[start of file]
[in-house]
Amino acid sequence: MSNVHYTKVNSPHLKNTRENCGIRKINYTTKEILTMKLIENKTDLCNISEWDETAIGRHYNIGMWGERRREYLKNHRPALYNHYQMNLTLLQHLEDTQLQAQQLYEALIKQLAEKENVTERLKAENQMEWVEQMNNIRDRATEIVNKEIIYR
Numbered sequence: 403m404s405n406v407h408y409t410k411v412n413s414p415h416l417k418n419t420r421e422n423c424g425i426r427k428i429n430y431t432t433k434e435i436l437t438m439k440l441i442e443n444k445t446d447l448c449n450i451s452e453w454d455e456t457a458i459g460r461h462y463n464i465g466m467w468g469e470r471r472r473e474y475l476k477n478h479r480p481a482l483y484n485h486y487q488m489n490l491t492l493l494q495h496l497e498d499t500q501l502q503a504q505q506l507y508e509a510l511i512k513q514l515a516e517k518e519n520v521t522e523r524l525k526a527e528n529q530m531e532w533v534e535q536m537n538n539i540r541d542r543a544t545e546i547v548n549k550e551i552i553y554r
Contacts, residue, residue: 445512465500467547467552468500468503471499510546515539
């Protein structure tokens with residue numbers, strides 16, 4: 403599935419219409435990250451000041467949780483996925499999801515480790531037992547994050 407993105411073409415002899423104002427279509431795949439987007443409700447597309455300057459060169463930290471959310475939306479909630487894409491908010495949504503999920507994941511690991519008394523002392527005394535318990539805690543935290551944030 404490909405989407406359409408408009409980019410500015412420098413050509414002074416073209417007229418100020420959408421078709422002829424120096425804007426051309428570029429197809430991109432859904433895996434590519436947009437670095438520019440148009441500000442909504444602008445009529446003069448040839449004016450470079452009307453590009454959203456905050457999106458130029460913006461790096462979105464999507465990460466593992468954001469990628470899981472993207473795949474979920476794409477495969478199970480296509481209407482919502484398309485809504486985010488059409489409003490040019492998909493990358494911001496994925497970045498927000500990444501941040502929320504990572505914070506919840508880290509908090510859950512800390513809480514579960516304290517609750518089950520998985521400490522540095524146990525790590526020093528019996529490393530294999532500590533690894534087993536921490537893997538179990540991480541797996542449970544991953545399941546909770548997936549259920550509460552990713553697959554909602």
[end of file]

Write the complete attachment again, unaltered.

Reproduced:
[in-house]
Amino acid sequence: MSNVHYTKVNSPHLKNTRENCGIRKINYTTKEILTMKLIENKTDLCNISEWDETAIGRHYNIGMWGERRREYLKNHRPALYNHYQMNLTLLQHLEDTQLQAQQLYEALIKQLAEKENVTERLKAENQMEWVEQMNNIRDRATEIVNKEIIYR
Numbered sequence: 403m404s405n406v407h408y409t410k411v412n413s414p415h416l417k418n419t420r421e422n423c424g425i426r427k428i429n430y431t432t433k434e435i436l437t438m439k440l441i442e443n444k445t446d447l448c449n450i451s452e453w454d455e456t457a458i459g460r461h462y463n464i465g466m467w468g469e470r471r472r473e474y475l476k477n478h479r480p481a482l483y484n485h486y487q488m489n490l491t492l493l494q495h496l497e498d499t500q501l502q503a504q505q506l507y508e509a510l511i512k513q514l515a516e517k518e519n520v521t522e523r524l525k526a527e528n529q530m531e532w533v534e535q536m537n538n539i540r541d542r543a544t545e546i547v548n549k550e551i552i553y554r
Contacts, residue, residue: 445512465500467547467552468500468503471499510546515539
């Protein structure tokens with residue numbers, strides 16, 4: 403599935419219409435990250451000041467949780483996925499999801515480790531037992547994050 407993105411073409415002899423104002427279509431795949439987007443409700447597309455300057459060169463930290471959310475939306479909630487894409491908010495949504503999920507994941511690991519008394523002392527005394535318990539805690543935290551944030 404490909405989407406359409408408009409980019410500015412420098413050509414002074416073209417007229418100020420959408421078709422002829424120096425804007426051309428570029429197809430991109432859904433895996434590519436947009437670095438520019440148009441500000442909504444602008445009529446003069448040839449004016450470079452009307453590009454959203456905050457999106458130029460913006461790096462979105464999507465990460466593992468954001469990628470899981472993207473795949474979920476794409477495969478199970480296509481209407482919502484398309485809504486985010488059409489409003490040019492998909493990358494911001496994925497970045498927000500990444501941040502929320504990572505914070506919840508880290509908090510859950512800390513809480514579960516304290517609750518089950520998985521400490522540095524146990525790590526020093528019996529490393530294999532500590533690894534087993536921490537893997538179990540991480541797996542449970544991953545399941546909770548997936549259920550509460552990713553697959554909602």